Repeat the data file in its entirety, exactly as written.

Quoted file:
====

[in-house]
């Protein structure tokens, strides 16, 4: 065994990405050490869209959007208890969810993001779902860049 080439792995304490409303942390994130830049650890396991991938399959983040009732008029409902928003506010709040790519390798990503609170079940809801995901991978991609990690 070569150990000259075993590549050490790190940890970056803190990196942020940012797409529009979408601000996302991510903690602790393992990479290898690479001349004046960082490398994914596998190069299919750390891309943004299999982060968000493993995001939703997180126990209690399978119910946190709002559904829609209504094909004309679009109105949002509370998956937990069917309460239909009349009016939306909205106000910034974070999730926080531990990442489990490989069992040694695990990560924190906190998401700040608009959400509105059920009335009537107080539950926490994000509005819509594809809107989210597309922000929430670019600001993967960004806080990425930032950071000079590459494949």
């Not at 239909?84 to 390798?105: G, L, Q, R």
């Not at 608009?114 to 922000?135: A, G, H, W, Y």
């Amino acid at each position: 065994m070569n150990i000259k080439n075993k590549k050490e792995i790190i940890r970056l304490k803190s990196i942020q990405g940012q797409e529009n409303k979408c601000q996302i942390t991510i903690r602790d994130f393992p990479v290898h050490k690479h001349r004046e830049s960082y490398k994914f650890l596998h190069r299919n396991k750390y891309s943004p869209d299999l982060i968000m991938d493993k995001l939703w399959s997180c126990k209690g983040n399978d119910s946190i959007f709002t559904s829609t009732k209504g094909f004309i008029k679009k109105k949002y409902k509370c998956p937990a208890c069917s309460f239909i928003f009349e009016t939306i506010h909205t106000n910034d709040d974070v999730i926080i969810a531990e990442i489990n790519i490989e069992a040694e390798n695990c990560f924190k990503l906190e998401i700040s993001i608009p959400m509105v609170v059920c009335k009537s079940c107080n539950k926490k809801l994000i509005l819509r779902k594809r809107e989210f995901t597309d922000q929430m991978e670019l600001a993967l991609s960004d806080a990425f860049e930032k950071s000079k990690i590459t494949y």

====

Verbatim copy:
[in-house]
């Protein structure tokens, strides 16, 4: 065994990405050490869209959007208890969810993001779902860049 080439792995304490409303942390994130830049650890396991991938399959983040009732008029409902928003506010709040790519390798990503609170079940809801995901991978991609990690 070569150990000259075993590549050490790190940890970056803190990196942020940012797409529009979408601000996302991510903690602790393992990479290898690479001349004046960082490398994914596998190069299919750390891309943004299999982060968000493993995001939703997180126990209690399978119910946190709002559904829609209504094909004309679009109105949002509370998956937990069917309460239909009349009016939306909205106000910034974070999730926080531990990442489990490989069992040694695990990560924190906190998401700040608009959400509105059920009335009537107080539950926490994000509005819509594809809107989210597309922000929430670019600001993967960004806080990425930032950071000079590459494949």
């Not at 239909?84 to 390798?105: G, L, Q, R």
């Not at 608009?114 to 922000?135: A, G, H, W, Y």
């Amino acid at each position: 065994m070569n150990i000259k080439n075993k590549k050490e792995i790190i940890r970056l304490k803190s990196i942020q990405g940012q797409e529009n409303k979408c601000q996302i942390t991510i903690r602790d994130f393992p990479v290898h050490k690479h001349r004046e830049s960082y490398k994914f650890l596998h190069r299919n396991k750390y891309s943004p869209d299999l982060i968000m991938d493993k995001l939703w399959s997180c126990k209690g983040n399978d119910s946190i959007f709002t559904s829609t009732k209504g094909f004309i008029k679009k109105k949002y409902k509370c998956p937990a208890c069917s309460f239909i928003f009349e009016t939306i506010h909205t106000n910034d709040d974070v999730i926080i969810a531990e990442i489990n790519i490989e069992a040694e390798n695990c990560f924190k990503l906190e998401i700040s993001i608009p959400m509105v609170v059920c009335k009537s079940c107080n539950k926490k809801l994000i509005l819509r779902k594809r809107e989210f995901t597309d922000q929430m991978e670019l600001a993967l991609s960004d806080a990425f860049e930032k950071s000079k990690i590459t494949y």